• good knife • wetstone • good set of spatulas • good balloon whisk • grinder • proper weighing scales • proper measuring jug • two thermometers, one for the oven and one for meat • book stand

Caroline’s list of kitchen essentials: • good pan • big chopsticks


es a k a t . damve dog A i a bar se nat r a , B me dog ietna e h V of t ds of r a ee ye he ree br t r th ou hon at the o T


hroughout Vietnam’s long history, people have relied on hunting and fishing to survive. And a lot of the time, the hunting and fishing were assisted by loyal canine sidekicks. Vietnam has three types of native dogs, all considered excellent hunting and guard dogs. The most well known of the native dogs is the Phu Quoc dog, from the beautiful island of Phu Quoc in Kien Giang province in the Gulf of Thailand. The Phu Quoc dog is one of only three breeds of dogs worldwide to have a ridge of fur on its back. The other two are the Rhodesian Ridgeback and the Thai Ridgeback, although Vietnamese dog experts believe the Thai dog is a descendant of the Phu Quoc dog. According to legend, Phu Quoc dogs are the descendants of island jackals and fu-dogs, the mythical dragon-dogs whose likenesses guard the entrances of Chinese temples. The fu-dog is the parent who passed on the ridge.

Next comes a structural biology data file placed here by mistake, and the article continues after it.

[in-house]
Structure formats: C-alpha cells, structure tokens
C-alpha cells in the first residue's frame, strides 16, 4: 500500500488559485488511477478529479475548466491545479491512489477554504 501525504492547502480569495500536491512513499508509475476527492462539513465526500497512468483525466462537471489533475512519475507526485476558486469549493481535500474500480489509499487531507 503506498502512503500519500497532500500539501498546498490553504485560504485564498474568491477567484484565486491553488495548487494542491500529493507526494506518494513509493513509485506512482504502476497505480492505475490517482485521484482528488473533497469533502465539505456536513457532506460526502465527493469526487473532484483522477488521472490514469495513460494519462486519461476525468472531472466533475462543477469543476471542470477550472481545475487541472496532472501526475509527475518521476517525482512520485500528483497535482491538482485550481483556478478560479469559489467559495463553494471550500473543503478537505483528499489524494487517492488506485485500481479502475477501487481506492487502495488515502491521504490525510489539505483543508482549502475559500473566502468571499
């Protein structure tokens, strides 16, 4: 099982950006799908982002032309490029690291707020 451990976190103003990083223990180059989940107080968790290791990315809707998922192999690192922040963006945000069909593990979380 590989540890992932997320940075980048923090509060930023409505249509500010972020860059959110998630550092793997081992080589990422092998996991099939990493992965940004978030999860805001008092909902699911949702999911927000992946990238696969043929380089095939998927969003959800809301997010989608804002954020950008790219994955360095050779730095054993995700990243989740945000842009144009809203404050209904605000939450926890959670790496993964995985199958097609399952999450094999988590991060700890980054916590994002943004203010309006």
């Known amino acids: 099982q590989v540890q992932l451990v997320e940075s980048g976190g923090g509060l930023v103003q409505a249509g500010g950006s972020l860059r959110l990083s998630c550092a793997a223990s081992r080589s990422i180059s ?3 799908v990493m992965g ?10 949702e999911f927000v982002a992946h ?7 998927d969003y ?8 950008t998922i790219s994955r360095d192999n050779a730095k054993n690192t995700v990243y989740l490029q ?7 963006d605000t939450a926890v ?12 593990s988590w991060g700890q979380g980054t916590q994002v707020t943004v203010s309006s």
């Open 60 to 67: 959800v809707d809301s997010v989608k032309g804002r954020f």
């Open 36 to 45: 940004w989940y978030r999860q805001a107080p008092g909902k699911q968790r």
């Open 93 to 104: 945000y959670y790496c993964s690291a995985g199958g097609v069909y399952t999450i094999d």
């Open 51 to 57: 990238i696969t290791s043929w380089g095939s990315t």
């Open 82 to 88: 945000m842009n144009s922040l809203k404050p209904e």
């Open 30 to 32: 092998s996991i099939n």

Royal Influence

But that’s only one of the legends surrounding the Phu Quoc dog. Another


says that Emperor Gia Long fled to Phu Quoc, pursued by Nguyen Hue. There, a dog helped him hide and as payment the king laid his sword on the dog’s back. That’s why Phu Quoc dogs’ ridges resemble a sword. Nguyen Minh Khang is the head of the native breeds department at the Vietnam Kennel Association, which has been documenting the history of Phu Quoc dogs in order to gain international recognition of the breed. According to the Vietnam Kennel Association’s Brief on the History and Development of the Phu Quoc Dog Breed, in the mid-1800s, when Vietnam was part of French-ruled Indochina, French medical student Fernand Doceu wrote about an unusual native dog he saw on Phu Quoc Island. Doceu eventually collected two breeding pairs of Phu Quoc dogs, which he sent to Jardin Zoolozique d’Acclimatation in Paris. More than 100 years later, the Vietnam Kennel Association, which was established in 2008, published the official breed standards of the Phu Quoc dog. As part of it’s research, the VKA asserts the Thai Ridgeback is likely to be a